To adapt to this new norm, D’Souza-Rauto recommends adopting a 70-30 privacy-orientated audience split. “With further regulation coming down the track soon and more walled gardens launching audience solutions with the implicit challenges this creates, huge swathes of audience visibility will be cloaked,” he says. Only around 30% of digital users are directly targetable because they allow themselves to be known in some format. For that reason, brands need to make more use of owned data – first-party data they collect themselves on their customers. Companies expect to invest 29% more in 2023, including on data clean rooms, which filter through the reams of data they collect, according to the Interactive Advertising Bureau (IAB). Another way brands can better understand customers is by investing more in retailers’ ecommerce sites through sponsored ads and search. This can allow them access to the retailer's first-party data, with insight into customer segmentation and purchase behaviour.

“The more data a brand can access – and how granular that data is as a targeting signal – the more critical it is to invest in enabling fast and flexible utilisation of its first-party data,” says D’Souza-Rauto. “Consideration also needs to be given to whether a brand’s tech stack is built to support the use cases, particularly if they are planning on making heavy use of first-party data.” Another key question is how easy it is to port that first-party data into platforms used to target customers. 

One of the worst potential outcomes of the new privacy-centric world is that brands feel like they’re flying blind in trying to attract customers. Without due care and careful consideration of how to make the most of the data they have, companies can invest large amounts into solutions that don’t provide the meaningful returns they seek.

The evolution of the advertising landscape

What are the latest developments in the advertising industry? What are the ad spend trends? How have customer behaviours and attitudes changed?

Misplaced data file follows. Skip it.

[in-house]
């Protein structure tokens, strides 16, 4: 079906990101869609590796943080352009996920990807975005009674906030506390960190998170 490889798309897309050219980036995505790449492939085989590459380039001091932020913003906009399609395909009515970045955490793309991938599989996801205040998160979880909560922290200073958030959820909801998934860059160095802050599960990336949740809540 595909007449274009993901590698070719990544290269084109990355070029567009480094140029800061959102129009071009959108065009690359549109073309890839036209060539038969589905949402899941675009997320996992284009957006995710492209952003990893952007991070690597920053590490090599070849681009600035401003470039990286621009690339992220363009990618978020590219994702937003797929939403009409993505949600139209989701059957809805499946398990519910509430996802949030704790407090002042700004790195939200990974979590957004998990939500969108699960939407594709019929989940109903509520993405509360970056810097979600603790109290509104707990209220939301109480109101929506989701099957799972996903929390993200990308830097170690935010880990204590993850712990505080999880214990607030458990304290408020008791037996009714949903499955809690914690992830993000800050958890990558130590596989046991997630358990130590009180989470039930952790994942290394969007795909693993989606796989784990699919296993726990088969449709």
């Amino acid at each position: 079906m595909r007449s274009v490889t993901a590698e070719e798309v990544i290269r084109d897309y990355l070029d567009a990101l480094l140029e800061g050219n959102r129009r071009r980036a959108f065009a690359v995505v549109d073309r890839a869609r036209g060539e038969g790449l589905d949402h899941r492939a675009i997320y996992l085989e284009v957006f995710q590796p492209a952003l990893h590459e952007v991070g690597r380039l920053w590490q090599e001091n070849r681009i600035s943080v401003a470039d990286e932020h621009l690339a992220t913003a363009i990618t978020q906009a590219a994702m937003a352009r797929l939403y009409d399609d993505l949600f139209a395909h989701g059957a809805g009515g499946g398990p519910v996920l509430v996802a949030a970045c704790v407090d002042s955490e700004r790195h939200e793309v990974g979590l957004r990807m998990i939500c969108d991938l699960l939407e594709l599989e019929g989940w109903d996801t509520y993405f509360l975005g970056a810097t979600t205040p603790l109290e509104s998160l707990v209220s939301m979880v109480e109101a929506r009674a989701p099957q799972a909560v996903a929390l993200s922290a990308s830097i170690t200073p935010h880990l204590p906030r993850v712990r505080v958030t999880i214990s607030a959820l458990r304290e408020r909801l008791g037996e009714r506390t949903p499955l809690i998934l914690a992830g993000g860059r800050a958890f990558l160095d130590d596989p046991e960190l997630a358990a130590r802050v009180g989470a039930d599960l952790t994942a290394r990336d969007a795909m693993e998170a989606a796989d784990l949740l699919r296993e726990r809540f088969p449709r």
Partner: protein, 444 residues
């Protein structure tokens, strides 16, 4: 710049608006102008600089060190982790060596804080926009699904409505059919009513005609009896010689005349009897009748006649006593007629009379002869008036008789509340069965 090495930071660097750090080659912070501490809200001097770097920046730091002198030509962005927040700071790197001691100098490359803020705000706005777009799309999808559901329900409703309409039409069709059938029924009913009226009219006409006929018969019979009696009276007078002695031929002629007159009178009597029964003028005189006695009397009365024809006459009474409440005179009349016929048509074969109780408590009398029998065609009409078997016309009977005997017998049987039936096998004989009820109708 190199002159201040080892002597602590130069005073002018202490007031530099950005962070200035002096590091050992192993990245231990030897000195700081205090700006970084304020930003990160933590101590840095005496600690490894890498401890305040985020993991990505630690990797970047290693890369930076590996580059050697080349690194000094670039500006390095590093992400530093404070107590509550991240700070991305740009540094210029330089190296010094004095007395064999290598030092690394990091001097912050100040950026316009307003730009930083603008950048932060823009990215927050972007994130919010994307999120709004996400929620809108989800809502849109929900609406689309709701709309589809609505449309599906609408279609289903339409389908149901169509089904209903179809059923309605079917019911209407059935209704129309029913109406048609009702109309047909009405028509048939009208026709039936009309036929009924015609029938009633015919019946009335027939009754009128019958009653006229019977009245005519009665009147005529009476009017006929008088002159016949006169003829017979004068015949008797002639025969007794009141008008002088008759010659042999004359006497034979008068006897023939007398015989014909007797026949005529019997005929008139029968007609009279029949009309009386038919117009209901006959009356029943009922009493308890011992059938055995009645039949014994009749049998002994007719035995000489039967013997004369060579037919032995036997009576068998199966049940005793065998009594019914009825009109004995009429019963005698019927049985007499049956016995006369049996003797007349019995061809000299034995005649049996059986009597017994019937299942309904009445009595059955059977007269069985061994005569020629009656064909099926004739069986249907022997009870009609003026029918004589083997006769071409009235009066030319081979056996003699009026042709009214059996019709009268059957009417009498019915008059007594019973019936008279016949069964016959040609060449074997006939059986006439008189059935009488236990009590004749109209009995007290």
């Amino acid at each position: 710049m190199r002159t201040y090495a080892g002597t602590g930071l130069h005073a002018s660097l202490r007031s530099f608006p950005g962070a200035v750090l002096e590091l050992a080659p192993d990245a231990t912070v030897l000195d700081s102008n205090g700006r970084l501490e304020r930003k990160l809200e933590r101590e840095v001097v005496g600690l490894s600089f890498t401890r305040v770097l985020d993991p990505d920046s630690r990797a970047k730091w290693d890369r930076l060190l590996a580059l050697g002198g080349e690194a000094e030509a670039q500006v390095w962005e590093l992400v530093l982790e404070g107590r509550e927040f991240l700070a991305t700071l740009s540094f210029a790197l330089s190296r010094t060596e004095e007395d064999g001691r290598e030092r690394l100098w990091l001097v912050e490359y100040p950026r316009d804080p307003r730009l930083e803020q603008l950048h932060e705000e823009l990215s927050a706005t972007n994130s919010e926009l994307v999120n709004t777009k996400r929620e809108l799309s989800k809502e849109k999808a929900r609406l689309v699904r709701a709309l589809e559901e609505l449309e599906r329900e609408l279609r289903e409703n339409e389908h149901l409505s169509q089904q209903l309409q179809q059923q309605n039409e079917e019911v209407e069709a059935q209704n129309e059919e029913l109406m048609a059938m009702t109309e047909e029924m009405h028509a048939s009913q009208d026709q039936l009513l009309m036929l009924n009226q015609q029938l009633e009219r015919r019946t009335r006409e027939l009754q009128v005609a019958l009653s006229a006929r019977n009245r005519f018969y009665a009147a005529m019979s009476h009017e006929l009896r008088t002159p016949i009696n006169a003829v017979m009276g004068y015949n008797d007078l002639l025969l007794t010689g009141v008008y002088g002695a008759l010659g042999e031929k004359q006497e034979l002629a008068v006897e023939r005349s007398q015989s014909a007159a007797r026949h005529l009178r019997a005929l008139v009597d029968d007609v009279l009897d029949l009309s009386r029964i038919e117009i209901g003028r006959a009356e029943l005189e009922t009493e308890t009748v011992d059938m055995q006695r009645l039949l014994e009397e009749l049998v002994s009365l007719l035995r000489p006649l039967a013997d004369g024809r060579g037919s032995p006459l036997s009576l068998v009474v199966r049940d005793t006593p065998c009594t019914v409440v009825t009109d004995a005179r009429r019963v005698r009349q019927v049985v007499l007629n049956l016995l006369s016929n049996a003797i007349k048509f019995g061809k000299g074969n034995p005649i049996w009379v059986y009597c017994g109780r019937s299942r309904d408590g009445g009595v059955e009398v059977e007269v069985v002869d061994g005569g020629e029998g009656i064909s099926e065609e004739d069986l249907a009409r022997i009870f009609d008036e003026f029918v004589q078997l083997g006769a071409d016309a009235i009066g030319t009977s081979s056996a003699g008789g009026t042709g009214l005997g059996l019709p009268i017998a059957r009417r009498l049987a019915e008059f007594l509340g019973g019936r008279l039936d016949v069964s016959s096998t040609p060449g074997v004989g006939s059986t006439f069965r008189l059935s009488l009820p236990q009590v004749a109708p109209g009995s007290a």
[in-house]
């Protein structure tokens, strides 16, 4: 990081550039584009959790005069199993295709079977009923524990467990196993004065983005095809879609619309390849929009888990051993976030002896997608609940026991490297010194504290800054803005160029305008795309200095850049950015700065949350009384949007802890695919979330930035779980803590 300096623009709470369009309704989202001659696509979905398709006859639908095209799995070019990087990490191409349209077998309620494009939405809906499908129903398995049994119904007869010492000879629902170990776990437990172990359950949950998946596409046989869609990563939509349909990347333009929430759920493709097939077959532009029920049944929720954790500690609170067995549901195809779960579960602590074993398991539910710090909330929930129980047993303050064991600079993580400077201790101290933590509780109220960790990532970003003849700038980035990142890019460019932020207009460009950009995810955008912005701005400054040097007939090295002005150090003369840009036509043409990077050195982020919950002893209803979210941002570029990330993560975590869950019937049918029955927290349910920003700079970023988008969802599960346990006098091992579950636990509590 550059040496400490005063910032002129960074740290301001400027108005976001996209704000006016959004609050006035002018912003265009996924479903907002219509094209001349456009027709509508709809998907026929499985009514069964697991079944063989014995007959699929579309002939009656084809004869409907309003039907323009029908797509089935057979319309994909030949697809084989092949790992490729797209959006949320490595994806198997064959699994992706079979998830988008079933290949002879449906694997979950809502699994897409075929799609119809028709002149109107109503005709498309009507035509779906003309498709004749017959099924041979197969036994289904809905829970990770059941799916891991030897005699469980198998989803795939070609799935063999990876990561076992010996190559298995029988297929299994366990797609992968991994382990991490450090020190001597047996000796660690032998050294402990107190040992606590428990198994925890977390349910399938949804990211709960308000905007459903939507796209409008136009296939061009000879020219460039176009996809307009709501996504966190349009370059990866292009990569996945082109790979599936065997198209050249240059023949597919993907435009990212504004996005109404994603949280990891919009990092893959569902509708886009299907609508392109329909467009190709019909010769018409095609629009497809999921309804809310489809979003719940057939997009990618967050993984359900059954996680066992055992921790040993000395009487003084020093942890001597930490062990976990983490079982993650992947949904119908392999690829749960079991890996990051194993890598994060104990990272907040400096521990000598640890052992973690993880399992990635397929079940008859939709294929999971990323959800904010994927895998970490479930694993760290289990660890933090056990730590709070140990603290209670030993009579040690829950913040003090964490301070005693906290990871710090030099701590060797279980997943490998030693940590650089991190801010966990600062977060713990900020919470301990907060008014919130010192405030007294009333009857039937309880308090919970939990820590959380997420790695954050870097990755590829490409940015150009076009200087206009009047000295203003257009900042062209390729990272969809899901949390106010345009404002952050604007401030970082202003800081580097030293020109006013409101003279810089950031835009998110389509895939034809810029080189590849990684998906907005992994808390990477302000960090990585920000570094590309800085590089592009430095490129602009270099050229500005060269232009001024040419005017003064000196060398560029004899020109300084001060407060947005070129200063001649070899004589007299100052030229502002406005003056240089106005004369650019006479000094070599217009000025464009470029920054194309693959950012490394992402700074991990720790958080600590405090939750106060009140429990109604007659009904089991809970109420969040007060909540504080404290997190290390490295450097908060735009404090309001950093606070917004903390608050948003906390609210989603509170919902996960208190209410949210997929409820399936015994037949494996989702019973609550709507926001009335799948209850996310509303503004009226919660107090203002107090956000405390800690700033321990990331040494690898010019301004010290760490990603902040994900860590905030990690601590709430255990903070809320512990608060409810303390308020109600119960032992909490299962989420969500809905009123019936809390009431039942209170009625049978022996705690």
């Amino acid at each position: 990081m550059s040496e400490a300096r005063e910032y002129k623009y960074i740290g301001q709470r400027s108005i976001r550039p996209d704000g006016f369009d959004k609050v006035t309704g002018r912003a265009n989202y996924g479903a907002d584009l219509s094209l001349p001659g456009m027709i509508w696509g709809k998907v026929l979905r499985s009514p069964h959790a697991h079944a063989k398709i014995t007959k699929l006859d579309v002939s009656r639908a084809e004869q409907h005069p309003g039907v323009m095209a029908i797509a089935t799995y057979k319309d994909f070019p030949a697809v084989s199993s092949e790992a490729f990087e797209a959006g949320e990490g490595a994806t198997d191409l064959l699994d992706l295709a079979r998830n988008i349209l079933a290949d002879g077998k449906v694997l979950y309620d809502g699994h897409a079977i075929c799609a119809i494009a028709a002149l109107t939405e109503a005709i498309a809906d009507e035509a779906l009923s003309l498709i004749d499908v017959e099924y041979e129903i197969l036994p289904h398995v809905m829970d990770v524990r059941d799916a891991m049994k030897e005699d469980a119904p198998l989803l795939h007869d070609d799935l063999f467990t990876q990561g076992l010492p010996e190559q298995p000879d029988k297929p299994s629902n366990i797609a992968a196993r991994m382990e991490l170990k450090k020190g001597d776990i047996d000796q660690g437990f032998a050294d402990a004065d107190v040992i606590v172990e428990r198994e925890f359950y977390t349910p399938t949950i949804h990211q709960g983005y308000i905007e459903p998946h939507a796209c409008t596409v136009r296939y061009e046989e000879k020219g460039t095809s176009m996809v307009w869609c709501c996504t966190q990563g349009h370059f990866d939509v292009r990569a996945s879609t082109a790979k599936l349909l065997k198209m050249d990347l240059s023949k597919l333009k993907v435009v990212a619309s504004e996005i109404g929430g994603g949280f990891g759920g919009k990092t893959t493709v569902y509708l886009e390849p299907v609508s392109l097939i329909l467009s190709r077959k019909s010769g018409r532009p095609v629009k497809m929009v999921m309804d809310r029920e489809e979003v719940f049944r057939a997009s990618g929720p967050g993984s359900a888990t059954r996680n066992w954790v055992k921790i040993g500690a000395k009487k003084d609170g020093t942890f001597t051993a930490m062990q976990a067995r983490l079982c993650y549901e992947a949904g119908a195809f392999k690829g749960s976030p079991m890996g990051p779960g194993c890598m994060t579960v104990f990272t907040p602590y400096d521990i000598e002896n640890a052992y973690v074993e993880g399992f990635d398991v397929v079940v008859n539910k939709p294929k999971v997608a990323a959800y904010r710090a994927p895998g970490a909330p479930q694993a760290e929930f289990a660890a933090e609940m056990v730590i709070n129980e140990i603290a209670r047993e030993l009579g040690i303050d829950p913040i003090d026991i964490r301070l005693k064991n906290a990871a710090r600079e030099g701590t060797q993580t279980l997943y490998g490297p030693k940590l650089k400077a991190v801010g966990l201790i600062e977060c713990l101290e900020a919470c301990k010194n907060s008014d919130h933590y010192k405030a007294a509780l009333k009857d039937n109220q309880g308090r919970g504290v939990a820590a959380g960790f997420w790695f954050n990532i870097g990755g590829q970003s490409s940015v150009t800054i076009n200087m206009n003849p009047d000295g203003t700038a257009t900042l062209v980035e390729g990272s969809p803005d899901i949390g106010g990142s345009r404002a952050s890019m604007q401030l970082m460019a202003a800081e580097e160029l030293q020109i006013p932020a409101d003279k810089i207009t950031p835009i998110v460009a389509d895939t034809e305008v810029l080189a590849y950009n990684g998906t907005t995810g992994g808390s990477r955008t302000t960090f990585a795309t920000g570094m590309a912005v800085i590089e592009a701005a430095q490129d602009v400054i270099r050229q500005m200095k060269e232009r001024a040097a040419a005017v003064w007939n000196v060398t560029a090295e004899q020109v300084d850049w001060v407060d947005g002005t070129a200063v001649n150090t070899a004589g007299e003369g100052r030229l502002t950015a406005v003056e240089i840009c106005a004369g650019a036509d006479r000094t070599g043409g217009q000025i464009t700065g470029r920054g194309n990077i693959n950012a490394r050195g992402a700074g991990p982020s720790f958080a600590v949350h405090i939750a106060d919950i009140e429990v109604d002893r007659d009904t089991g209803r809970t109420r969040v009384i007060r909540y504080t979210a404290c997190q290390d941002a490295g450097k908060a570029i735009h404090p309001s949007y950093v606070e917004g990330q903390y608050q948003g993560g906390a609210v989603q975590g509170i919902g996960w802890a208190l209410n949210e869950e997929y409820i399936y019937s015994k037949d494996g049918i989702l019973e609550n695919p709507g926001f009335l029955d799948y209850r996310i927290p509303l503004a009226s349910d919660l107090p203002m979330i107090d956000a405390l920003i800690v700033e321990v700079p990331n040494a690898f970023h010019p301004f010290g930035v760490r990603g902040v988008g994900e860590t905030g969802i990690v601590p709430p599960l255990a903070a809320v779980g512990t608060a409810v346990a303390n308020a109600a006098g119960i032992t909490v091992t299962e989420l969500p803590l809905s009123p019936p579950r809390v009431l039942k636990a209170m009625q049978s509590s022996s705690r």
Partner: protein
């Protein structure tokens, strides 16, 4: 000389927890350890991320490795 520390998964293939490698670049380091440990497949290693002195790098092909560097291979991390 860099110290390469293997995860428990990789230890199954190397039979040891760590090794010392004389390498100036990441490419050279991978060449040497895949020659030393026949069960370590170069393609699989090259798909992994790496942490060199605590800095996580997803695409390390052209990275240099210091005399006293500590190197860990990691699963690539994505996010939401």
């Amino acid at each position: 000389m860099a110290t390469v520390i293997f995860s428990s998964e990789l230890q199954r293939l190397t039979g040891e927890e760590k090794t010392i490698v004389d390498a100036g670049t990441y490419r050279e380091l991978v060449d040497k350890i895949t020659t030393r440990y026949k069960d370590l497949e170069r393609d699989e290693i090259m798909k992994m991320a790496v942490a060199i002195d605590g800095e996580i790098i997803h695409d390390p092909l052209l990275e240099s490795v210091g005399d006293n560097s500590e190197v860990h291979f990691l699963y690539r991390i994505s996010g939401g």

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Harnessing the power of unified adtech platforms

For ad agencies with clients, offices and teams across the world, it is now more and more critical to be backed by a system that consolidates data, processes and knowledge

Global advertising agencies are facing continued pressures on costs, revenues and talent pools – as well as the growing issue of competing against smaller and potentially nimbler digital-led rivals.

Meanwhile, the scale of consolidation and M&A within the industry is driving a need for disparate teams, siloed datasets and extensive client campaign inventory to be quickly integrated and made accessible worldwide.

Managing both client-facing and internal operations in real time, and on time, can be tricky but according to Konstantin Burkovtsev, product manager at Star, there is a solution. He believes this key challenge can be met through the implementation of a single unified adtech platform, rolled out across an agency’s global footprint.

“Usually this is designed to solve scattered technology and knowledge problems among large-scale companies; for those operating across a number of regions and countries with multiple divisions, local peculiarities and thousands of users,” Burkovtsev explains.